Artist conception of the James Webb Space Telescope.

Artist conception of the James Webb Space Telescope.

Photo by: NASA GSFC/CIL/Adriana Manrique Gutierrez

NASA GSFC/CIL/Adriana Manrique Gutierrez

NASA’s $10 Billion Space Telescope Hit by Micrometeoroid

NASA’s new James Webb Space Telescope (JWST) was recently hit by a micrometeoroid. One of the 18 golden mirror segments on the telescope was hit, causing some minor damage.

June 09, 2022

Although the collision has caused some issues that must be corrected by the mission team, NASA is positive that the telescope is “still performing at a level that exceeds all mission requirements.

The culprit of the telescope’s damage was a micrometeoroid, a space particle that is usually smaller than a grain of sand. The Earth’s atmosphere comes into contact with millions of meteoroids and micrometeoroids regularly. Our atmosphere serves as a protective layer and vaporizes most of the particles on contact. In contrast, spacecrafts and telescopes do not have this same atmospheric bubble, making avoiding these meteoroid impacts nearly impossible.

During its testing on Earth, NASA engineers built the Webb Space Telescope to survive through the micrometeoroid environment, a million-mile orbit, and high-velocity hits. The engineering team endeavored to put the Webb telescopes through simulations and test impacts to understand if the mirror samples would withstand the elements. Unfortunately, the real-life impacts the Webb telescope is facing in space are beyond what the team would have been able to test or model on the ground.

Artist conception of the James Webb Space Telescope.

Artist conception of the James Webb Space Telescope.

Photo by: NASA GSFC/CIL/Adriana Manrique Gutierrez

NASA GSFC/CIL/Adriana Manrique Gutierrez

Artist conception of the James Webb Space Telescope.

Paul Geithner, a NASA technical deputy project at the Goddard Space Flight Center, was not surprised at the collusion saying, “We always knew that Webb would have to weather the space environment, which includes harsh ultraviolet light and charged particles from the Sun, cosmic rays from exotic sources in the galaxy, and occasional strikes by micrometeoroids within our solar system.”

Even with the small setback, the James Webb Space Telescope is exceeding expectations since its initial launch. Soon it will be able to use infrared light to see inside the atmosphere of exoplanets and some of the first galaxies in existence. The teams at NASA are hopeful that updated analysis and learnings from the telescope collusion will allow them to maximize the Webb telescope’s imaging performance for years to come.

Next Up

Watch NASA's Asteroid-Crashing DART Mission Make Impact

NASA sent a spacecraft on a mission to crash into an asteroid, so how did it go?Updated 9/26/22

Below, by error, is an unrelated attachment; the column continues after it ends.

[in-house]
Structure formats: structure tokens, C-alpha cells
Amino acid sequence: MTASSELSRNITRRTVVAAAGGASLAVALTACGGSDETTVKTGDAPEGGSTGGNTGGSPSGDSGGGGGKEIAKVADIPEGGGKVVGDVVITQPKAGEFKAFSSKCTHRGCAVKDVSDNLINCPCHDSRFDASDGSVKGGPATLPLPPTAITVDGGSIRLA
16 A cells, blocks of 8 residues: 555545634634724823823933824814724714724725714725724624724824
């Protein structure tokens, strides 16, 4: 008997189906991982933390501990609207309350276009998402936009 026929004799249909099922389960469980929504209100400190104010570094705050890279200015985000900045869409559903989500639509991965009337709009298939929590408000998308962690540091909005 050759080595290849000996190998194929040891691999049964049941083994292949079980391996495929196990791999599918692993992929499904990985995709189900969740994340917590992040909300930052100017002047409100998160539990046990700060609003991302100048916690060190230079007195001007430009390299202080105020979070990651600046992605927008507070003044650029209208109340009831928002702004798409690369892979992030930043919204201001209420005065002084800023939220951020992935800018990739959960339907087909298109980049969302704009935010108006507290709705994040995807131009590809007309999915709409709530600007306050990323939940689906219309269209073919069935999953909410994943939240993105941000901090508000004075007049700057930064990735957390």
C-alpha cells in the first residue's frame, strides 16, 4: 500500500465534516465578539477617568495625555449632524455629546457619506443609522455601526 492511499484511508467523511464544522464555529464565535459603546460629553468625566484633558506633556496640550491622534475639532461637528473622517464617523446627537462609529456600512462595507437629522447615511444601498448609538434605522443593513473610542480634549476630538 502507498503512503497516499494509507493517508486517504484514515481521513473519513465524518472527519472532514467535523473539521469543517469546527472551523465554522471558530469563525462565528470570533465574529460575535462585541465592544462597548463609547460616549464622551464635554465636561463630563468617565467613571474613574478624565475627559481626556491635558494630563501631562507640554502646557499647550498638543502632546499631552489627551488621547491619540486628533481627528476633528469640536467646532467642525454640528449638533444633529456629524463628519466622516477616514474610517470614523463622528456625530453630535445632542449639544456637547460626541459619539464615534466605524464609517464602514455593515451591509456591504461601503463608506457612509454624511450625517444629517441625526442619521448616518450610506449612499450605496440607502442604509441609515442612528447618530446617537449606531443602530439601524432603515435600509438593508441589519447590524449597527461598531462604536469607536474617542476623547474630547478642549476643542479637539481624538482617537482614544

Watch Out! Amateur Astronomer Watches as Jupiter Gets Whacked

Jupiter is the OG best friend in the solar system. It finds all the tiny little comets and asteroids heading for the vulnerable inner planets and takes one for the team, chewing up the dangerous rocks in its thick atmosphere. It happened again just recently, and this time an amateur astronomer caught it in the act.

Astronomers May Have Found a Rare “Free-Floating” Black Hole

How do you see a perfectly black object in the middle of a pitch-dark night? It sounds like the start of an annoying riddle, but it’s really the question faced by astronomers when they want to search for black holes.

When We’ll Know if NASA’s Asteroid Impact Test was a Success

Recently NASA’s DART mission succeeded in its primary goal, which was to slam a spacecraft face-first into an asteroid. For science. The intention of the mission was to test if we could actually redirect an asteroid and send it into a different orbit. But how and when will we know if it worked?

Six Planets are Retrograde, What Does that Mean for You?

Spoiler alert: It's an optical illusion.

NASA Launches CAPSTONE to Test Experimental Orbit Around the Moon

In preparation for future missions, NASA is testing a never-been-flown-before orbit around the Moon in search of the most efficient deep space route for space travel.

Want to Name a Planet? Now’s Your Chance

Read on to learn about this rare opportunity to name a distant world observed by the James Webb Telescope.

The Nobel Prize Fell Into a Black Hole (and That’s a Good Thing)

The 2020 Nobel Prize in Physics is being awarded to scientists to have dedicated their careers to the study of black holes.

What Screaming Black Holes are Telling Us

In 2002, NASA’s orbiting X-ray observatory, the Chandra telescope, mapped out the movements of hot gas in a cluster of galaxies sitting 250 million light-years away.

What We Learn from the Lunar Surface

Sure, the Moon is cool to look at, and fun to think about it. And it literally affects us here on the Earth: without the Moon, we’d be missing half our tides, and likely our planet’s rotation wouldn’t be as stable as it is.

Related To: